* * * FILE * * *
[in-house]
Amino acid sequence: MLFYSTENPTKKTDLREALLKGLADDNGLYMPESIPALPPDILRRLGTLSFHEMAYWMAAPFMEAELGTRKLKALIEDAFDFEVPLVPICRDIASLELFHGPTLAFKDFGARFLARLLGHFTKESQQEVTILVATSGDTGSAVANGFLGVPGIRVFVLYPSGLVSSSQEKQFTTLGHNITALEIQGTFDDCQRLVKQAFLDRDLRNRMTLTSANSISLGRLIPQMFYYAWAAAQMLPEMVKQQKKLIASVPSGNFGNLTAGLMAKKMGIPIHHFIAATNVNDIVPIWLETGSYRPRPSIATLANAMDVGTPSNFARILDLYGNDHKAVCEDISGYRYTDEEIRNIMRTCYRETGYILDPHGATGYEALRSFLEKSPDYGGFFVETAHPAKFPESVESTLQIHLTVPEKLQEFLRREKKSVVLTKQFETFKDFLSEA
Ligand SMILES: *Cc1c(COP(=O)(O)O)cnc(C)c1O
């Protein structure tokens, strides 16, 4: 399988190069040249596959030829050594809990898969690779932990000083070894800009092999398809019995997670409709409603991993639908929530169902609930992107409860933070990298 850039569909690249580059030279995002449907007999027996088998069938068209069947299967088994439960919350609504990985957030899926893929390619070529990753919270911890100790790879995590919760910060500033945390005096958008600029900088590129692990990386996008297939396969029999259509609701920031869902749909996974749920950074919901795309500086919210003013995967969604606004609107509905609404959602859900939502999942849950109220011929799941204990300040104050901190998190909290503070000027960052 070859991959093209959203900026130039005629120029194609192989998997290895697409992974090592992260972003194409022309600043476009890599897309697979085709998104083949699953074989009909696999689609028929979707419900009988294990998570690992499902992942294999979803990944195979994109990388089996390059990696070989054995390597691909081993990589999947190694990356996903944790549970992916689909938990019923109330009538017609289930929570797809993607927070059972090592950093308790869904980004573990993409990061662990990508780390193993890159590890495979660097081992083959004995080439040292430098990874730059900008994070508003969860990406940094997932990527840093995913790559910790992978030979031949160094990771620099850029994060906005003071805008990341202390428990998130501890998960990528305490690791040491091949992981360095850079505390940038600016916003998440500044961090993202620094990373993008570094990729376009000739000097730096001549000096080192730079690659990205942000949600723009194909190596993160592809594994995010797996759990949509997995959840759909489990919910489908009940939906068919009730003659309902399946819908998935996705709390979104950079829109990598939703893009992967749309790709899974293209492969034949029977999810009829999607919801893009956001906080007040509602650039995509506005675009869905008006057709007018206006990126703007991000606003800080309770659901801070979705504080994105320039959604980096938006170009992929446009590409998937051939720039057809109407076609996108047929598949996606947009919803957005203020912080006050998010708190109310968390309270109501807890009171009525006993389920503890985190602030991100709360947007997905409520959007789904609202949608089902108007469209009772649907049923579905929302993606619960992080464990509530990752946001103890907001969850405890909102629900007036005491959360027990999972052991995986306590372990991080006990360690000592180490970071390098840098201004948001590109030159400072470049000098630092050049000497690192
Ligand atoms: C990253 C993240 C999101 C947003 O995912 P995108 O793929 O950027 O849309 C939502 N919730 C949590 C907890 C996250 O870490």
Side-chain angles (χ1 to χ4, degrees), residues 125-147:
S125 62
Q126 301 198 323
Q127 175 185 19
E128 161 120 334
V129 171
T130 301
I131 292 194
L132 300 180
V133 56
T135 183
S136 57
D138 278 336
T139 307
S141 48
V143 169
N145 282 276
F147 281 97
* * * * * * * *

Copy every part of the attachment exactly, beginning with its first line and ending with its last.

[in-house]
Amino acid sequence: MLFYSTENPTKKTDLREALLKGLADDNGLYMPESIPALPPDILRRLGTLSFHEMAYWMAAPFMEAELGTRKLKALIEDAFDFEVPLVPICRDIASLELFHGPTLAFKDFGARFLARLLGHFTKESQQEVTILVATSGDTGSAVANGFLGVPGIRVFVLYPSGLVSSSQEKQFTTLGHNITALEIQGTFDDCQRLVKQAFLDRDLRNRMTLTSANSISLGRLIPQMFYYAWAAAQMLPEMVKQQKKLIASVPSGNFGNLTAGLMAKKMGIPIHHFIAATNVNDIVPIWLETGSYRPRPSIATLANAMDVGTPSNFARILDLYGNDHKAVCEDISGYRYTDEEIRNIMRTCYRETGYILDPHGATGYEALRSFLEKSPDYGGFFVETAHPAKFPESVESTLQIHLTVPEKLQEFLRREKKSVVLTKQFETFKDFLSEA
Ligand SMILES: *Cc1c(COP(=O)(O)O)cnc(C)c1O
């Protein structure tokens, strides 16, 4: 399988190069040249596959030829050594809990898969690779932990000083070894800009092999398809019995997670409709409603991993639908929530169902609930992107409860933070990298 850039569909690249580059030279995002449907007999027996088998069938068209069947299967088994439960919350609504990985957030899926893929390619070529990753919270911890100790790879995590919760910060500033945390005096958008600029900088590129692990990386996008297939396969029999259509609701920031869902749909996974749920950074919901795309500086919210003013995967969604606004609107509905609404959602859900939502999942849950109220011929799941204990300040104050901190998190909290503070000027960052 070859991959093209959203900026130039005629120029194609192989998997290895697409992974090592992260972003194409022309600043476009890599897309697979085709998104083949699953074989009909696999689609028929979707419900009988294990998570690992499902992942294999979803990944195979994109990388089996390059990696070989054995390597691909081993990589999947190694990356996903944790549970992916689909938990019923109330009538017609289930929570797809993607927070059972090592950093308790869904980004573990993409990061662990990508780390193993890159590890495979660097081992083959004995080439040292430098990874730059900008994070508003969860990406940094997932990527840093995913790559910790992978030979031949160094990771620099850029994060906005003071805008990341202390428990998130501890998960990528305490690791040491091949992981360095850079505390940038600016916003998440500044961090993202620094990373993008570094990729376009000739000097730096001549000096080192730079690659990205942000949600723009194909190596993160592809594994995010797996759990949509997995959840759909489990919910489908009940939906068919009730003659309902399946819908998935996705709390979104950079829109990598939703893009992967749309790709899974293209492969034949029977999810009829999607919801893009956001906080007040509602650039995509506005675009869905008006057709007018206006990126703007991000606003800080309770659901801070979705504080994105320039959604980096938006170009992929446009590409998937051939720039057809109407076609996108047929598949996606947009919803957005203020912080006050998010708190109310968390309270109501807890009171009525006993389920503890985190602030991100709360947007997905409520959007789904609202949608089902108007469209009772649907049923579905929302993606619960992080464990509530990752946001103890907001969850405890909102629900007036005491959360027990999972052991995986306590372990991080006990360690000592180490970071390098840098201004948001590109030159400072470049000098630092050049000497690192
Ligand atoms: C990253 C993240 C999101 C947003 O995912 P995108 O793929 O950027 O849309 C939502 N919730 C949590 C907890 C996250 O870490």
Side-chain angles (χ1 to χ4, degrees), residues 125-147:
S125 62
Q126 301 198 323
Q127 175 185 19
E128 161 120 334
V129 171
T130 301
I131 292 194
L132 300 180
V133 56
T135 183
S136 57
D138 278 336
T139 307
S141 48
V143 169
N145 282 276
F147 281 97